k, first off I know ZERO about running a contest. My question is this: Why is it important that people register so far in advance?

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My guess is knowing the amount of competitors helps plan an itinerary for the day.

I’ll use Ohio States as an example, since I’m running it Saturday.

Last year we had 51 players in the 1A division, and more than half of them registered the day of the contest. So on Friday night we had no reason for prelims, and on Saturday morning at 11 AM we suddenly found ourselves in the position where we needed to run prelims and NO ONE was prepared for them because the day before the contest we announced it wasn’t going to be a problem, we would just run everyone through finals.

So we ended the contest a full hour late and the judges were absolutely exhausted and I had to send people out to get change three times because I wasn’t planning on handling a lot of money and everyone paid with twenties, and yoyo players don’t listen or stick around they wander off like cats so we tried to change the schedule to make it work but couldn’t because half our 1A players were wandering around the mall. Add the usual music issues that come from said wandering cats not following instructions and what you have is a ball of chaos that ends up making the event look and feel sloppy, parents getting bored and mouthy with me about what a terrible job I’m doing, players trying to ask me questions about the schedule while I’m in the middle of running music for another player, and an absurd amount of needless stress and scrambling for what should be a pretty smooth, easy, mid-sized State contest.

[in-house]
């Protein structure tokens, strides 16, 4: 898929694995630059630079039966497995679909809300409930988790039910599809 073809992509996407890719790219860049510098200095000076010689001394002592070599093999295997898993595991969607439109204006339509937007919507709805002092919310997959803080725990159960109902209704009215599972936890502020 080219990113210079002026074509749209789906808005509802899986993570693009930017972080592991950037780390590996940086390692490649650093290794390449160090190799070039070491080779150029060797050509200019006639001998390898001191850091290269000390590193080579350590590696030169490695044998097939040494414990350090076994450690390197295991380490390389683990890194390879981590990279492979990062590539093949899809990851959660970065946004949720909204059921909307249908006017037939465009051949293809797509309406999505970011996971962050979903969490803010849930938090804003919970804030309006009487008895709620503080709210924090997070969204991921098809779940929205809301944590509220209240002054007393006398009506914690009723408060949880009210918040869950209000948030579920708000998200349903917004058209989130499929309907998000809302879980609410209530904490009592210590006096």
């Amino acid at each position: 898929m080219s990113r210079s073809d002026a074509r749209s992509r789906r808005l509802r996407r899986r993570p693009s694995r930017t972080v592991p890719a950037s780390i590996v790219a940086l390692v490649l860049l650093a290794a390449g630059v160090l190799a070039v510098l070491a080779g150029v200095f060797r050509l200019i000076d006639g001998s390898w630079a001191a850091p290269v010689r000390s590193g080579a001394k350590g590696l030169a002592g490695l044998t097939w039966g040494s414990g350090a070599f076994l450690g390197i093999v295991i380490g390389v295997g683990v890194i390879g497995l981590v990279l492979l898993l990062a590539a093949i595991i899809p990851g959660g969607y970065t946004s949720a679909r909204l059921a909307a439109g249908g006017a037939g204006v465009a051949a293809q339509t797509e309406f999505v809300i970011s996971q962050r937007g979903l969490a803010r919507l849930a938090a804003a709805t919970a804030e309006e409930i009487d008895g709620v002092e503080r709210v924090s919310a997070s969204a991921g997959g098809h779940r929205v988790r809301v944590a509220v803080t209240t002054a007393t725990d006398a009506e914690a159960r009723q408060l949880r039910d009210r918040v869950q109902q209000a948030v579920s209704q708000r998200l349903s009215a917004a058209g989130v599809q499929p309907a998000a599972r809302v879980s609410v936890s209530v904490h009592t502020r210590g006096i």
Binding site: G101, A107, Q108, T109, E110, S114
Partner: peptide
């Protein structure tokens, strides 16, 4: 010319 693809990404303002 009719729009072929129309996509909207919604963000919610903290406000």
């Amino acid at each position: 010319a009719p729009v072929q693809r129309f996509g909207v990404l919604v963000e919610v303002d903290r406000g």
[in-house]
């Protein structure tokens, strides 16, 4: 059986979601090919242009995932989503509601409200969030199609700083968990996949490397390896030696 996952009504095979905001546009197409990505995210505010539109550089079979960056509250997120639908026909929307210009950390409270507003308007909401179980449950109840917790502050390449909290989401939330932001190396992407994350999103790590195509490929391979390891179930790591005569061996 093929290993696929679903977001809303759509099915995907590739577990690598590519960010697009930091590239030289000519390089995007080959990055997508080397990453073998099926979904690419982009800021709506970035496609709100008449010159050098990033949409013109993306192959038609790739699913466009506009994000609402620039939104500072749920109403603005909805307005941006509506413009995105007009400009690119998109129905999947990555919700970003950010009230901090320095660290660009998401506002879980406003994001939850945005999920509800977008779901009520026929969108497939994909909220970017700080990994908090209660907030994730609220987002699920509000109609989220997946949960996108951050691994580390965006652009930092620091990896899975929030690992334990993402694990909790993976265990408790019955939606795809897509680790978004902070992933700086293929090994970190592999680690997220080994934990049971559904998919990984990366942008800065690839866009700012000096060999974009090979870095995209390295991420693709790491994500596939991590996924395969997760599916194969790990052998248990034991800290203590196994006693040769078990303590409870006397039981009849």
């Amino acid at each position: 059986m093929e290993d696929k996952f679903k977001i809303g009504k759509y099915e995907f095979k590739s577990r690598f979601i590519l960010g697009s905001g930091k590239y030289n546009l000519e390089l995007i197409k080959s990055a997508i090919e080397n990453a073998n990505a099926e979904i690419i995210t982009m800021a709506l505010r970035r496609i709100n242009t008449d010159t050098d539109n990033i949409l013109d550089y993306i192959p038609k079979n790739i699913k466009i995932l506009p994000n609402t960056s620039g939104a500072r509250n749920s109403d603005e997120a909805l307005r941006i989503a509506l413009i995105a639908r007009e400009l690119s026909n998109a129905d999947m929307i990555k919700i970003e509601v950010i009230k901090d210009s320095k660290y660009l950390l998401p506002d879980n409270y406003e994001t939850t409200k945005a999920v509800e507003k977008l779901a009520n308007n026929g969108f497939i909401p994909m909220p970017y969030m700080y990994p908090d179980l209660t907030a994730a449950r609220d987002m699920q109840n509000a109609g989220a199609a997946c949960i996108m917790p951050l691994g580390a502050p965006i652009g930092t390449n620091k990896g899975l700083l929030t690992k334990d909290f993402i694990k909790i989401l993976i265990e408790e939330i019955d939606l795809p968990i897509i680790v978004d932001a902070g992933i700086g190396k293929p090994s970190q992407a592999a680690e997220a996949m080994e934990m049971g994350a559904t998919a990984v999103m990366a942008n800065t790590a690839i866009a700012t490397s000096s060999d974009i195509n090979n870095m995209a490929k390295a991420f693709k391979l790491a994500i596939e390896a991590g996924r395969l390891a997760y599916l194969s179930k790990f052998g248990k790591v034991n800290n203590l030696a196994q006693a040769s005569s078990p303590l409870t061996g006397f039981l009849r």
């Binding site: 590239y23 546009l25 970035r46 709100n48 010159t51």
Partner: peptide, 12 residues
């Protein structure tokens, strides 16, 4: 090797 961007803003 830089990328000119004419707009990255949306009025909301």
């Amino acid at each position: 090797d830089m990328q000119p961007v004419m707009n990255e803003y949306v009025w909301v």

All this because I let people register the morning of the event, which means that I can only prep for half of the competitors, at best, in advance.

For a larger contest it’s even harder because you likely aren’t getting that venue for free, people expect decent cash prizes, you have to pay your judges, and nearly all of your sponsors only paid you in yoyos that the winners are just going to sell right off the stage before you’re even done packing up at the end of the event. So you end up really counting on that registration money to make everything work and (fingers crossed) leave enough money for you to pay yourself minimum wage at the end of everything.

Having people register well in advance basically gives you the ability to schedule your time and money in a way that protects the organizer, guarantees a smooth, well-run show for the competitors and attendees, and minimizes the financial risk for everyone.

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Not sure how much of that I’d be able to take. Hat’s off to ya.

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I will say it’s not as common as it used to be. It’s downright rare these days, but even the kindest of people will get a little raw when they’re sitting in a chair and watching 50 kids stringfumble through bad dubstep.